There are a dozen subspecies, differing in plumage, but all have the distinctive head pattern and rufous in the wings. The north-eastern race E. c. vincenti is very dark above, and slaty below. It has reduced chestnut on the wing coverts. It is now usually raised to species status as Vincent's bunting, Emberiza vincenti, however some taxonomists still consider it to be conspecific.
The Cape bunting is 16 cm long. The adult has a black crown, white supercilium and black-bordered white ear coverts. The upperparts are grey brown with some dark streaks, and the wing coverts are chestnut. The tail is darker chestnut, and the underparts are grey with a pale throat. The sexes are very similar, but females may have a buff tone to the white head markings. Young birds have duller chestnut wings, a less distinct head pattern, and heavier streaking extending on to the breast and flanks. The call is an ascending zzoo-zeh-zee-zee. The song is a loud chirping chup chup chup chup chee chhep chu. E. c. vincenti has a simple tre-re-ret tre-re-ret song.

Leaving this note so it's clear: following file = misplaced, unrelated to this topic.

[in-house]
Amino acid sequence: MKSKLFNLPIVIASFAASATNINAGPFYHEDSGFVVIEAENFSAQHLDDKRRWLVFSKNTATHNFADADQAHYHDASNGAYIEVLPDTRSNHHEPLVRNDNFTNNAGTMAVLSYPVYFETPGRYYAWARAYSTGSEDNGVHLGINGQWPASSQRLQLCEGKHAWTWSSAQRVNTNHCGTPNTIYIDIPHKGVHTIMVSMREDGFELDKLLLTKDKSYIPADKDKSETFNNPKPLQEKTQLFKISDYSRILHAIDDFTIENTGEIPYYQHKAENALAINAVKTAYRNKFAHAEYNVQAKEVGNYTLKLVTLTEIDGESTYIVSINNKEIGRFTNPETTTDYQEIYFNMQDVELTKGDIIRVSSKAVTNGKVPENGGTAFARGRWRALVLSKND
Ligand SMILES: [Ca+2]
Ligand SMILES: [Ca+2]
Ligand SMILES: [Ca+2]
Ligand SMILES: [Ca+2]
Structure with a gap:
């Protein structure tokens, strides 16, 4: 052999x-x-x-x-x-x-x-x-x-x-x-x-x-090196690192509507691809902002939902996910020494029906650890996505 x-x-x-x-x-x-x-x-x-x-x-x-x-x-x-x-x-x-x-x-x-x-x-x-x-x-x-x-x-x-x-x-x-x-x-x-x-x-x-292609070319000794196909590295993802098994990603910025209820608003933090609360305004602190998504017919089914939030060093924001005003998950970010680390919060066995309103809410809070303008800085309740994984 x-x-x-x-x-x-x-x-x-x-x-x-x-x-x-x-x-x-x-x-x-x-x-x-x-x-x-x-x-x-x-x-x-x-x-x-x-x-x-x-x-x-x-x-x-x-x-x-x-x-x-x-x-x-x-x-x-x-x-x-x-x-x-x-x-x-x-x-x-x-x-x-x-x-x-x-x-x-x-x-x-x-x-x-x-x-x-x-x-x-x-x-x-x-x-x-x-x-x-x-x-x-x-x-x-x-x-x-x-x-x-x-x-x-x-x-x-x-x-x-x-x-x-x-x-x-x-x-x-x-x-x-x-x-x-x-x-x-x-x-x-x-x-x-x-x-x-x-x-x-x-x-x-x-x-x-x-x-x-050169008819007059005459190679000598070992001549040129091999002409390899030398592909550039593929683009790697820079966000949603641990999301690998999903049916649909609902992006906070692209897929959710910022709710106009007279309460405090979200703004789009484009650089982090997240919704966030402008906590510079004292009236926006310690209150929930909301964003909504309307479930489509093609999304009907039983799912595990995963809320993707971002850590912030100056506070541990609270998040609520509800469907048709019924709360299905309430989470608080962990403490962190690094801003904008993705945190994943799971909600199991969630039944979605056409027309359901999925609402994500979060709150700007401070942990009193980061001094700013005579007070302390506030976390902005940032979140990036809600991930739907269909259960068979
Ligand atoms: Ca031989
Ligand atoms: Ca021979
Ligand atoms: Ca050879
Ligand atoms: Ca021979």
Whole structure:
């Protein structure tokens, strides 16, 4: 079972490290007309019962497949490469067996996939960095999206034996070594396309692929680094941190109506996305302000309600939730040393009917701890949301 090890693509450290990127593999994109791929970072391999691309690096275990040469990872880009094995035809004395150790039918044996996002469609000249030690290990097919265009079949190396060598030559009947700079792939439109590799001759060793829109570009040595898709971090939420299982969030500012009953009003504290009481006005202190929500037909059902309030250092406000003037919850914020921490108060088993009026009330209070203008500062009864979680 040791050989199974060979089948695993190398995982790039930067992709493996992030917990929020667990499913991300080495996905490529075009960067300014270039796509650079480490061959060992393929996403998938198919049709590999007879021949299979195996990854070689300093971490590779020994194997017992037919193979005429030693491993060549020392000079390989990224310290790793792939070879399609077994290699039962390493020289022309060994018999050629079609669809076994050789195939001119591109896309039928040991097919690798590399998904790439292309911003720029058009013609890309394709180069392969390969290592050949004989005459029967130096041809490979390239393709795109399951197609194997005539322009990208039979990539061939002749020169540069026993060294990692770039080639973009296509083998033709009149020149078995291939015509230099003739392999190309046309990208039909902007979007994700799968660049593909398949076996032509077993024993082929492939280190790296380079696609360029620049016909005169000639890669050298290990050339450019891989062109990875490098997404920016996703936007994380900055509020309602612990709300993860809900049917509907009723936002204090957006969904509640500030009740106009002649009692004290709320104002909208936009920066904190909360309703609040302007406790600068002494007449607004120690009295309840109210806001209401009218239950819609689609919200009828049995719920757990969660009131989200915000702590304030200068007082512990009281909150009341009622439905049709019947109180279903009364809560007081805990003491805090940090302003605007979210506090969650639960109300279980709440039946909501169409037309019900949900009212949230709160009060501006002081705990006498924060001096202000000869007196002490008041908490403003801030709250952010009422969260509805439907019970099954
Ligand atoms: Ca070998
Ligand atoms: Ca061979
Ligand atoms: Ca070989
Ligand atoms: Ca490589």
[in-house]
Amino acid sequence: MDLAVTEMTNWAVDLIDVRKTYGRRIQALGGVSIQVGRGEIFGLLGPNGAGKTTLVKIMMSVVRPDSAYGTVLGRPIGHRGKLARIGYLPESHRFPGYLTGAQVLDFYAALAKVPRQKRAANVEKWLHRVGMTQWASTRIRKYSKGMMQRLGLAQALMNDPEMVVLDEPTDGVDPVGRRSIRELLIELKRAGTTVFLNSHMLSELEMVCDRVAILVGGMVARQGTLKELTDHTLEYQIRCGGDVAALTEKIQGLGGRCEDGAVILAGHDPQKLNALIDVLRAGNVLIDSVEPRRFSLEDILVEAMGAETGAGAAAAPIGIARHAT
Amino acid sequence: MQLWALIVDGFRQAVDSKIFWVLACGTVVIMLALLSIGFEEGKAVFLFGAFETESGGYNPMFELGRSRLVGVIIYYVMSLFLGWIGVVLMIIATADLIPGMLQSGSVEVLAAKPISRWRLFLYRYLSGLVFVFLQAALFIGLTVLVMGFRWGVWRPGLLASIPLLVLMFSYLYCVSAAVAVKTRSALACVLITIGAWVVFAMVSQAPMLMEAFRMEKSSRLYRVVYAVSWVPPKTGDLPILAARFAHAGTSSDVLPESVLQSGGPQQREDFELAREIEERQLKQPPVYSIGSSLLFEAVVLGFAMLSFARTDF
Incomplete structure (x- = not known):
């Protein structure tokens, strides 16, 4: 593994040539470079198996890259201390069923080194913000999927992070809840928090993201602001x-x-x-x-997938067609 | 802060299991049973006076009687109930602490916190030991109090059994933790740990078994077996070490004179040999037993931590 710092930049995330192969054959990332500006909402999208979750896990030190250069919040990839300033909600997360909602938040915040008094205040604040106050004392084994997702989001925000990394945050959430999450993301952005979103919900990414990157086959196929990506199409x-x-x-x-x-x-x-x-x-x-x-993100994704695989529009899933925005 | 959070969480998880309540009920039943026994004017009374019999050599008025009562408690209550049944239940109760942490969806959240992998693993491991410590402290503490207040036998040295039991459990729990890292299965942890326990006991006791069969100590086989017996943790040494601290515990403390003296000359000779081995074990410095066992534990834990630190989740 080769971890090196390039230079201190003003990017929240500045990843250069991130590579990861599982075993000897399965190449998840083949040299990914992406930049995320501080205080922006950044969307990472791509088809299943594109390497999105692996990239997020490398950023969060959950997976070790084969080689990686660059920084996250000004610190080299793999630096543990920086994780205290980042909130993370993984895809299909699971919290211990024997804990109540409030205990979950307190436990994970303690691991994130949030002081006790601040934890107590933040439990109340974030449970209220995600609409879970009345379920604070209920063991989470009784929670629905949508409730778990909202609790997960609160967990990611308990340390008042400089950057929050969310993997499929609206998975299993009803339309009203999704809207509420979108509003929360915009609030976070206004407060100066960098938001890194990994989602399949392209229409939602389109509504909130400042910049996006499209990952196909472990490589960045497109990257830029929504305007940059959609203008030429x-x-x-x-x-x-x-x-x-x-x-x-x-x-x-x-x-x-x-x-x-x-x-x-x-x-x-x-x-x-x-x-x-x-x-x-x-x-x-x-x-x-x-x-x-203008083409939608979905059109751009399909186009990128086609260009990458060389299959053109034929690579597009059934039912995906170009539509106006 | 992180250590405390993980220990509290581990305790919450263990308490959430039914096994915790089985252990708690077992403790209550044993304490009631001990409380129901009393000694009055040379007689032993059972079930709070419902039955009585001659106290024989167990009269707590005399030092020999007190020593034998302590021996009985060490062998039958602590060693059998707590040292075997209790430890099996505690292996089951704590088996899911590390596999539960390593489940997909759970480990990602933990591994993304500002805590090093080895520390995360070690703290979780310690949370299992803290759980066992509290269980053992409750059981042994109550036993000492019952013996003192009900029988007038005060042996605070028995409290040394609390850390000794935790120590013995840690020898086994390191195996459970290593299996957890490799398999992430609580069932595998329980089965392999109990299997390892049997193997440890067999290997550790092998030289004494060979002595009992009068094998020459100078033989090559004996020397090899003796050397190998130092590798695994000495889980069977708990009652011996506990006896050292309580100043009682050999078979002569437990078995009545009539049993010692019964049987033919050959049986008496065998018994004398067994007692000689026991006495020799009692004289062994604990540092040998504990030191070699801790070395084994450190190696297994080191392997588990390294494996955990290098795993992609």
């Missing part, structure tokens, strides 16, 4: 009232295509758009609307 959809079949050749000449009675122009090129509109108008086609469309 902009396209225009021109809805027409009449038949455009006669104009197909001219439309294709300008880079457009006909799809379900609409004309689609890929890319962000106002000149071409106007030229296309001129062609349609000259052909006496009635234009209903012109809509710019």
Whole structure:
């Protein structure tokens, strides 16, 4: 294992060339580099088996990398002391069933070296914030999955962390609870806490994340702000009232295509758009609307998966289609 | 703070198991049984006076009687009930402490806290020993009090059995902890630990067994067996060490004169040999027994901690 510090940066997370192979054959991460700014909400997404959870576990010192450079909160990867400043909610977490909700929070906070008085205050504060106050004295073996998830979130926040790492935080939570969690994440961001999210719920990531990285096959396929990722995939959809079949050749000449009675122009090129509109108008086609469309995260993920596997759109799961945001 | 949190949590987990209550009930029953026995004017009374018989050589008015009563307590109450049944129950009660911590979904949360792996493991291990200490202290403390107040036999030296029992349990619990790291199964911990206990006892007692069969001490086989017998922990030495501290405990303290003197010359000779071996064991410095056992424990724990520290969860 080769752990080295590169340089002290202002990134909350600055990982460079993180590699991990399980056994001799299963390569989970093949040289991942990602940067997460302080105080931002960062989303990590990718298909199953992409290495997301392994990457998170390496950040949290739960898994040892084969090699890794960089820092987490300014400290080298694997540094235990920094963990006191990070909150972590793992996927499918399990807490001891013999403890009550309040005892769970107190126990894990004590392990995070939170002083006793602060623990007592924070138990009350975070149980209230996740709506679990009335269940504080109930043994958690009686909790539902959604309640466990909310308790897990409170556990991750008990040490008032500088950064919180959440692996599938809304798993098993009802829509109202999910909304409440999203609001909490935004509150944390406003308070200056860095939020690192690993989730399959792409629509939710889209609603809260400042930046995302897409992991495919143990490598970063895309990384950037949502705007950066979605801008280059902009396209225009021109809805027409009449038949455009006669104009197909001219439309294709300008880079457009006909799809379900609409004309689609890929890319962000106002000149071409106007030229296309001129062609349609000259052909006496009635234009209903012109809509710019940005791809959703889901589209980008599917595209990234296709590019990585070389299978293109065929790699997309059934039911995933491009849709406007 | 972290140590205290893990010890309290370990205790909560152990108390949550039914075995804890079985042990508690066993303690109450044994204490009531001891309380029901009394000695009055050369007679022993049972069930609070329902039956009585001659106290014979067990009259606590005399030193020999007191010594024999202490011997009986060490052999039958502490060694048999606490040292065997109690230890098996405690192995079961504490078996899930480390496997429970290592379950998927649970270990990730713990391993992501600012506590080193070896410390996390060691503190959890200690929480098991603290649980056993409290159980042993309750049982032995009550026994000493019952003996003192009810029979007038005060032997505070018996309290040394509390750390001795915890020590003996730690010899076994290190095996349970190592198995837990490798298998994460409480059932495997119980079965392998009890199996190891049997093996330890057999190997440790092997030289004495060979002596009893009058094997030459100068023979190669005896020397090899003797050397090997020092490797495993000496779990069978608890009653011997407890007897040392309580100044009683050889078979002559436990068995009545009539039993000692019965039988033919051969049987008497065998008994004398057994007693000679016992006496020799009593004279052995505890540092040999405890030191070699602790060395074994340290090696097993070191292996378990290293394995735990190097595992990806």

Distribution and habitat
The Cape bunting occurs in southern Africa from south-western Angola, eastern Zambia, Zimbabwe and southern Tanzania to the Cape. Its habitat is rocky slopes and dry weedy scrub, mainly in mountains in the north of its range. It previously utilized stony arid areas with some short grass, but much of this has been lost to ploughing.
The Cape bunting is not gregarious, and is normally seen alone, in pairs or family groups. It feeds on the ground on seeds, insects and spiders. Its lined cup nest is built low in a shrub or tussock. The two to four eggs are cream and marked with red-brown and lilac.
- Byers, Olsson and Curson, Buntings and Sparrows ISBN 1-873403-19-4
- Ian Sinclair, Phil Hockey and Warwick Tarboton, SASOL Birds of Southern Africa (Struik 2002) ISBN 1-86872-721-1
- Cape bunting - Species text in The Atlas of Southern African Birds.